But as the first Black woman on the court, Jackson would likely be more attuned to issues of race and gender as reflected in school dress codes or restrictions on Black hairstyles like braids, and she might see “discrimination that maybe another justice might not,” said Preston Green, an education professor at the University of Connecticut.
The Neag School of Education is delighted to be able to celebrate this year’s graduating class on campus for UConn’s 2022 Commencement Weekend.
This article originally found on The Conversation, is co-authored by the Neag School’s Eli Wolff, answers five questions about the International Olympic Committee (IOC) and how they respond to human rights and other issues.
Mansfield Public Schools (Neag School alumnus Peter Dart was named superintendent for Mansfield Public Schools)
Some legal scholars say that raises a new question. If a state can’t keep a private religious school out of its voucher program, can it stop a religious school from participating in its charter school program?
“Charter schools are the next frontier,” Preston Green, an education law professor at the University of Connecticut. Compared to school vouchers, “this could actually be more of a win for religious entities if they can get it.”
As UConn’s director of the H. Fred Simons African American Cultural Center (AACC) and affiliate faculty with the Africana Studies Institute, Willena Kimpson Price ’90 Ph.D. has been instrumental in supporting UConn African American students’ higher education experiences for the past three decades. Price has steered the AACC to be recognized campus-wide and throughout the United States as a university center that promotes an understanding and appreciation of the culture, history, and traditions of people of African descent.
This spring, the Connecticut Noyce Math Teacher Leaders (MTL) Program welcomes a cohort of 20 veteran mathematics educators from across the state.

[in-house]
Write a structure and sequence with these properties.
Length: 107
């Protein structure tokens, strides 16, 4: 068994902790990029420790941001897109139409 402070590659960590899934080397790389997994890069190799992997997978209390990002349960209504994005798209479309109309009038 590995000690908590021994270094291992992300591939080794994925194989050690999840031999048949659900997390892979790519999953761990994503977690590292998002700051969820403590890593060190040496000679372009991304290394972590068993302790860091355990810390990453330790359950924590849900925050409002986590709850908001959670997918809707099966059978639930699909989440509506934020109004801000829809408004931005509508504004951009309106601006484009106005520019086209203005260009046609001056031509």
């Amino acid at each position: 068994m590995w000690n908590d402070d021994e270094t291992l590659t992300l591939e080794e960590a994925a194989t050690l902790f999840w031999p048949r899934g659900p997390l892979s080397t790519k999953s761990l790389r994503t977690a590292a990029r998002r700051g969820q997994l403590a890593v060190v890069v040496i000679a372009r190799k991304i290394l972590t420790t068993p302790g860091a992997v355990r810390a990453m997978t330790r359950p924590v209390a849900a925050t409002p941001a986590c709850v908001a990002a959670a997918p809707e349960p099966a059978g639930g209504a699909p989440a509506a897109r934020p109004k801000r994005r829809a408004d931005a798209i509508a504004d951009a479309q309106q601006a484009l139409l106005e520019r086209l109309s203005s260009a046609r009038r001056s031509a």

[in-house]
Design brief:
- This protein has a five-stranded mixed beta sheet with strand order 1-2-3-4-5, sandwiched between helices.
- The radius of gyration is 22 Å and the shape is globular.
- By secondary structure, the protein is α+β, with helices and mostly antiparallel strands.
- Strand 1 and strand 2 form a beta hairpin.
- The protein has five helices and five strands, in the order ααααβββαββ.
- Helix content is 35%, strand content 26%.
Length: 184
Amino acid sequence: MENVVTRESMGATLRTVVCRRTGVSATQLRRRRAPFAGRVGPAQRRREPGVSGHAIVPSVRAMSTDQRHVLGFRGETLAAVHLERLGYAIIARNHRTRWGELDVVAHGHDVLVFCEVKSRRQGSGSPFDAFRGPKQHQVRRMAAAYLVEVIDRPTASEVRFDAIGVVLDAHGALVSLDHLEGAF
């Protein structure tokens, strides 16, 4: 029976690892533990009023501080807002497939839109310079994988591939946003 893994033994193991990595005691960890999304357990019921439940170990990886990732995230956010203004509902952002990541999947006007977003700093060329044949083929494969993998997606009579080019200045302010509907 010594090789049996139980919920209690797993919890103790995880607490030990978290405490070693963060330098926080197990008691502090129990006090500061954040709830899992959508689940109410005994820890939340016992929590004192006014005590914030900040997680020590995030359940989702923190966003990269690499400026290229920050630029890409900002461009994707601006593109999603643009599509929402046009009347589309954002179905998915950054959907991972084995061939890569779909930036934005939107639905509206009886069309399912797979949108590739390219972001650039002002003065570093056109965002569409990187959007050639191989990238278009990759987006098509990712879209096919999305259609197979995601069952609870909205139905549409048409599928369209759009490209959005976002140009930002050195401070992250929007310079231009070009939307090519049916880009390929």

DIBELS itself doesn’t involve a lot of reading, but helps to predict how well children develop literacy skills by testing how fast and accurately they identify words, explained Rachael Gabriel, an associate professor of literacy education at the University of Connecticut.
Casey Cobb, a professor at UConn’s Neag School of Education, has interviewed many families about what goes into them choosing whether to send their children to predominantly white suburban schools if they win the lottery.
“What we found was, yeah, race and socioeconomic status, that sort of diversity, does play a role in their decision making,” he said, pointing out that magnet schools are typically more diverse, and that was one of the reasons families tend to seek those schools.
Alan Marcus, a professor of education at the University of Connecticut, says in his state, there have been calls to remove statues of Christopher Columbus, in connection to the explorer’s violent mistreatment of Native Americans. Marcus said monuments can become “expired” as society’s values shift.
“What’s acceptable in one time period might not be acceptable in a different time period,” Marcus explained. These “expired monuments” can be repurposed to instead teach about “how we frame certain histories and whose perspective we learn about and whose perspective is left out.”